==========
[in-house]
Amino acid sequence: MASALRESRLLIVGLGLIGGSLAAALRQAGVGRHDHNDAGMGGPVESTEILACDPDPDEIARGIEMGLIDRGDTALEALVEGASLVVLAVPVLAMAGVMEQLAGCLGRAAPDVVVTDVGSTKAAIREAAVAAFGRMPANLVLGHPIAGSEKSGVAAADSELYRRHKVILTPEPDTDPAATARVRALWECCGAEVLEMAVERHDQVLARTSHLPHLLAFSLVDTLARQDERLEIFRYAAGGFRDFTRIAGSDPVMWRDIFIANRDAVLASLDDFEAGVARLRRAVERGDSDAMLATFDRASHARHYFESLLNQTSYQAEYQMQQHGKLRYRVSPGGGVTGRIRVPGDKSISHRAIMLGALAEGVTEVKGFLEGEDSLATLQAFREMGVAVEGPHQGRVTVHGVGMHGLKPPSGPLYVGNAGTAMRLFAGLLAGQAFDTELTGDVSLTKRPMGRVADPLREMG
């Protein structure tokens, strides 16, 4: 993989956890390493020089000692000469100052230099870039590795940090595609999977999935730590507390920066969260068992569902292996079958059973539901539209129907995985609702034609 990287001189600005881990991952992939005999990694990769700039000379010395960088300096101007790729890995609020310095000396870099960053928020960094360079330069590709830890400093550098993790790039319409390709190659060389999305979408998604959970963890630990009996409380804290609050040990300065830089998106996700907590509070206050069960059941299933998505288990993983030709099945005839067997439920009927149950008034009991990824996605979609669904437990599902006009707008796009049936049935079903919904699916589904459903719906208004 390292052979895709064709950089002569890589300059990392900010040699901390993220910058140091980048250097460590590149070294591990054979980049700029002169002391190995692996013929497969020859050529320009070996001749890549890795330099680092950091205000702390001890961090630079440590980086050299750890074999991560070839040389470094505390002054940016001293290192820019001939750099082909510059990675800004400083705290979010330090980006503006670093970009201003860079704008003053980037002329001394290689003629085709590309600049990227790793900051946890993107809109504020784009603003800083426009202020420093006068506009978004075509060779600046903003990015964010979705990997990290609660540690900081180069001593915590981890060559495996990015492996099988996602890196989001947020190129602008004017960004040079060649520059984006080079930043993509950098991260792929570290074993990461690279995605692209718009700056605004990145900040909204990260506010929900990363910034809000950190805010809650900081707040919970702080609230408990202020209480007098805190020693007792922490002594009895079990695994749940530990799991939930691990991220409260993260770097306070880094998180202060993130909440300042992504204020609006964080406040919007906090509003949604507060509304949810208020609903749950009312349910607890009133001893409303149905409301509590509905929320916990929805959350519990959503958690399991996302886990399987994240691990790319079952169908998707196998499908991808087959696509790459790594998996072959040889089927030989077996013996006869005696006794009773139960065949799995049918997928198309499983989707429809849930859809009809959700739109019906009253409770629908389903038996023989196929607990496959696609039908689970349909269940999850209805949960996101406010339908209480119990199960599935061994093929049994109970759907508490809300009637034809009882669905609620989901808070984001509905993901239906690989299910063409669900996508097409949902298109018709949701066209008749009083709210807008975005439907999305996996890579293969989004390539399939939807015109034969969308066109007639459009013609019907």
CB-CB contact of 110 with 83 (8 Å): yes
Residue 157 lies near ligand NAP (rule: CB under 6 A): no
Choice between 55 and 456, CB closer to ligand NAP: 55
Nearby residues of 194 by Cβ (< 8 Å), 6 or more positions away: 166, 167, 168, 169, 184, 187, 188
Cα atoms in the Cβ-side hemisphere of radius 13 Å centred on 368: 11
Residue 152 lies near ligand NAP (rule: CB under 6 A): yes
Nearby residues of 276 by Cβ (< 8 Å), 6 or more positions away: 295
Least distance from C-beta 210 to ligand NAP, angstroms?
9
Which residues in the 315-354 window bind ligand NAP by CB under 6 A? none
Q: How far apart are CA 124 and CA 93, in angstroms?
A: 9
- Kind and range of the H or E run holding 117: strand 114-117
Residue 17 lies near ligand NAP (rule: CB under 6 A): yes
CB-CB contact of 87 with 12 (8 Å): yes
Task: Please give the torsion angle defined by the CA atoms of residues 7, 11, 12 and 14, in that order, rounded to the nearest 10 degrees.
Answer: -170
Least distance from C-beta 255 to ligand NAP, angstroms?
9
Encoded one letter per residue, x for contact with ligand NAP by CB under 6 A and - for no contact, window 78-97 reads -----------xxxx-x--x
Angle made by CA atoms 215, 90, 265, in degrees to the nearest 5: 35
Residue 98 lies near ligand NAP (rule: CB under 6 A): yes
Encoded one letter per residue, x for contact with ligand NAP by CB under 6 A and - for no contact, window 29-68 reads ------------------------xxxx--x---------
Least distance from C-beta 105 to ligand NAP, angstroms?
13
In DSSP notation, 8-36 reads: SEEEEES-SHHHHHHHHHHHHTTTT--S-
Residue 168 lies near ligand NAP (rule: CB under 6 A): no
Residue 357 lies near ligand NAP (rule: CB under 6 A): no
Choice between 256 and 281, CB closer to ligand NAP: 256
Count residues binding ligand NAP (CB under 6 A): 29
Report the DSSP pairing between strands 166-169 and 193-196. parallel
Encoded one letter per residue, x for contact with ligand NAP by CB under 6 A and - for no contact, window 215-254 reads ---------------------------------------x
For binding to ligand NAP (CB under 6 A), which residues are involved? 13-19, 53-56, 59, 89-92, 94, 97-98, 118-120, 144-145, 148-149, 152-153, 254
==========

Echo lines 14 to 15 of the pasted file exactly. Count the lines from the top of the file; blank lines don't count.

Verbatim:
Q: How far apart are CA 124 and CA 93, in angstroms?
A: 9